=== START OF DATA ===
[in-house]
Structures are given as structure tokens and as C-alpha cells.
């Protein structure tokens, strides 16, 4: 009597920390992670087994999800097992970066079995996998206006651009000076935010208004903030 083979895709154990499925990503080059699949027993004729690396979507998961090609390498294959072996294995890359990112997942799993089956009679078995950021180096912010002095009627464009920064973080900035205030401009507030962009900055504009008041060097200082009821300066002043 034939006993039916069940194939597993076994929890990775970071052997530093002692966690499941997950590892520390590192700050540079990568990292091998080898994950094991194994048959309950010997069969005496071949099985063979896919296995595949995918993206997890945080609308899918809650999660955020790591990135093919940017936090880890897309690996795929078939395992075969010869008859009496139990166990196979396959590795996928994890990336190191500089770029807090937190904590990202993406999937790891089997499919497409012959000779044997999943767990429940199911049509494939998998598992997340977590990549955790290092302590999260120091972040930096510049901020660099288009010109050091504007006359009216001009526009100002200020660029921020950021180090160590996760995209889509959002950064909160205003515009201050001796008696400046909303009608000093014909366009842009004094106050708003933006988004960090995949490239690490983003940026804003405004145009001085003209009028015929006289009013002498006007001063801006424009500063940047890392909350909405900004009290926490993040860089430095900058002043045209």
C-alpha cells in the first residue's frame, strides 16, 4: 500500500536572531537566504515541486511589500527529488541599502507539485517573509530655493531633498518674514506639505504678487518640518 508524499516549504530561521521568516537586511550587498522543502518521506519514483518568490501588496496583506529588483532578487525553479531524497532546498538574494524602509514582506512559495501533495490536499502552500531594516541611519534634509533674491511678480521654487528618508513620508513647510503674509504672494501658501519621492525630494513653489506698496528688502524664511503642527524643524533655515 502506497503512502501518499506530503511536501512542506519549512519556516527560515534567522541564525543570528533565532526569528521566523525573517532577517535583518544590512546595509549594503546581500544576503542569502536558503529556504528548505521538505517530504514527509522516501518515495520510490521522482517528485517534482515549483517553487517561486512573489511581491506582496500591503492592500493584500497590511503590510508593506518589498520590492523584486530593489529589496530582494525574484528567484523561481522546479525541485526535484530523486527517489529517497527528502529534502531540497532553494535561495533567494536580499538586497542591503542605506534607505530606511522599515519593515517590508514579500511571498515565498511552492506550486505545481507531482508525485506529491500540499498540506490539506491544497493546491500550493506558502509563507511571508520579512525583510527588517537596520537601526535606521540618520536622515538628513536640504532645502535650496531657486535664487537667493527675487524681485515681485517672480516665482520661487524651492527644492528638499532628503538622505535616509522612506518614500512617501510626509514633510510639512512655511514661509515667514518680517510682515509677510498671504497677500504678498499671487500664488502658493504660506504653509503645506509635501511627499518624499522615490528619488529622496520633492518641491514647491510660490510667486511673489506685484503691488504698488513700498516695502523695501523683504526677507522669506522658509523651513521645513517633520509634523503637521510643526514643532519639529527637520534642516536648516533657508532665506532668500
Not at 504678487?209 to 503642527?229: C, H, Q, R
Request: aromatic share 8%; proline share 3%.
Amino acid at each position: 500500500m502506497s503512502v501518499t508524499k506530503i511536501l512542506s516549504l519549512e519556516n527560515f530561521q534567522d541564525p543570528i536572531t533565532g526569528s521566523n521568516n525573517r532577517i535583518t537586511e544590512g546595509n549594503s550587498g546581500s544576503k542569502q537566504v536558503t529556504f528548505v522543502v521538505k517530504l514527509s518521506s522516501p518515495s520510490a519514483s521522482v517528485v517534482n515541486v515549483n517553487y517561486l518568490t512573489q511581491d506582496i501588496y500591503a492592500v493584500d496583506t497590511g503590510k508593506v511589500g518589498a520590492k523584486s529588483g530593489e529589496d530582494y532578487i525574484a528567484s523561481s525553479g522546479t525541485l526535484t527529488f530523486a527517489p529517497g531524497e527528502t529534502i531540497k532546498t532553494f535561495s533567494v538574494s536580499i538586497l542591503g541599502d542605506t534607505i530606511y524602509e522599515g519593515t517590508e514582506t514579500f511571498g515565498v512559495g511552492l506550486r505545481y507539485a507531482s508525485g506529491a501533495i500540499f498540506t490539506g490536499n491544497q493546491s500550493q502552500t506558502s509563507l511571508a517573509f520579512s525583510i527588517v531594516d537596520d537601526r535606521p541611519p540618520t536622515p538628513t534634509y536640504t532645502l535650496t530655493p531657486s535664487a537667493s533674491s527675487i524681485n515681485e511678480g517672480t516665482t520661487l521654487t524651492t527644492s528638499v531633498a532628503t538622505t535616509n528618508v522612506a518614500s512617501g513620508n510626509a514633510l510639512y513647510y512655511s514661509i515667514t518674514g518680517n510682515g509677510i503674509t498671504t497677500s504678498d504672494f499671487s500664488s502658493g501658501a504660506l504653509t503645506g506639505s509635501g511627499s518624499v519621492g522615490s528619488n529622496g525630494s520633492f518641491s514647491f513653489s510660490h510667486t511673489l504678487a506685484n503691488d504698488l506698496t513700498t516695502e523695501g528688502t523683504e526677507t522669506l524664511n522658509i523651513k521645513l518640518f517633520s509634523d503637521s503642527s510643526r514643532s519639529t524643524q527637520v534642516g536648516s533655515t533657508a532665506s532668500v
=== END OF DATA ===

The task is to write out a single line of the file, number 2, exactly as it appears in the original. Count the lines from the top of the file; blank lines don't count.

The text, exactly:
Structures are given as structure tokens and as C-alpha cells.